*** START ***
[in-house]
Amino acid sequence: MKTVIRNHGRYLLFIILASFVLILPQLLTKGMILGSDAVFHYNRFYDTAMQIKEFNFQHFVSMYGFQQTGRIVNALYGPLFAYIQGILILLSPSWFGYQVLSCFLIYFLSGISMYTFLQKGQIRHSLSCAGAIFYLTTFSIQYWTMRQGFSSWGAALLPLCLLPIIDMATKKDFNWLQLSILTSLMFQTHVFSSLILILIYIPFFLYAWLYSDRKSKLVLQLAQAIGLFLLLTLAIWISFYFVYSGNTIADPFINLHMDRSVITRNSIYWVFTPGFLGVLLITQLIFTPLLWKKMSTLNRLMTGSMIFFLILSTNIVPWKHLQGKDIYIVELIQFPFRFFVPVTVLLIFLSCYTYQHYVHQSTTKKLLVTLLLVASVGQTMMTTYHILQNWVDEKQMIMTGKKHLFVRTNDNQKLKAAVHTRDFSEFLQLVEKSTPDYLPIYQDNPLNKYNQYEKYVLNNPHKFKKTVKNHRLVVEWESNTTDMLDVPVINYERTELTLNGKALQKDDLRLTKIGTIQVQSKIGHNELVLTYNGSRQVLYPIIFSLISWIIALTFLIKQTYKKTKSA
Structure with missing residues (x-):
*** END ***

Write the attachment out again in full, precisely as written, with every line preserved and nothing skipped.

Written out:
[in-house]
Amino acid sequence: MKTVIRNHGRYLLFIILASFVLILPQLLTKGMILGSDAVFHYNRFYDTAMQIKEFNFQHFVSMYGFQQTGRIVNALYGPLFAYIQGILILLSPSWFGYQVLSCFLIYFLSGISMYTFLQKGQIRHSLSCAGAIFYLTTFSIQYWTMRQGFSSWGAALLPLCLLPIIDMATKKDFNWLQLSILTSLMFQTHVFSSLILILIYIPFFLYAWLYSDRKSKLVLQLAQAIGLFLLLTLAIWISFYFVYSGNTIADPFINLHMDRSVITRNSIYWVFTPGFLGVLLITQLIFTPLLWKKMSTLNRLMTGSMIFFLILSTNIVPWKHLQGKDIYIVELIQFPFRFFVPVTVLLIFLSCYTYQHYVHQSTTKKLLVTLLLVASVGQTMMTTYHILQNWVDEKQMIMTGKKHLFVRTNDNQKLKAAVHTRDFSEFLQLVEKSTPDYLPIYQDNPLNKYNQYEKYVLNNPHKFKKTVKNHRLVVEWESNTTDMLDVPVINYERTELTLNGKALQKDDLRLTKIGTIQVQSKIGHNELVLTYNGSRQVLYPIIFSLISWIIALTFLIKQTYKKTKSA
Structure with missing residues (x-):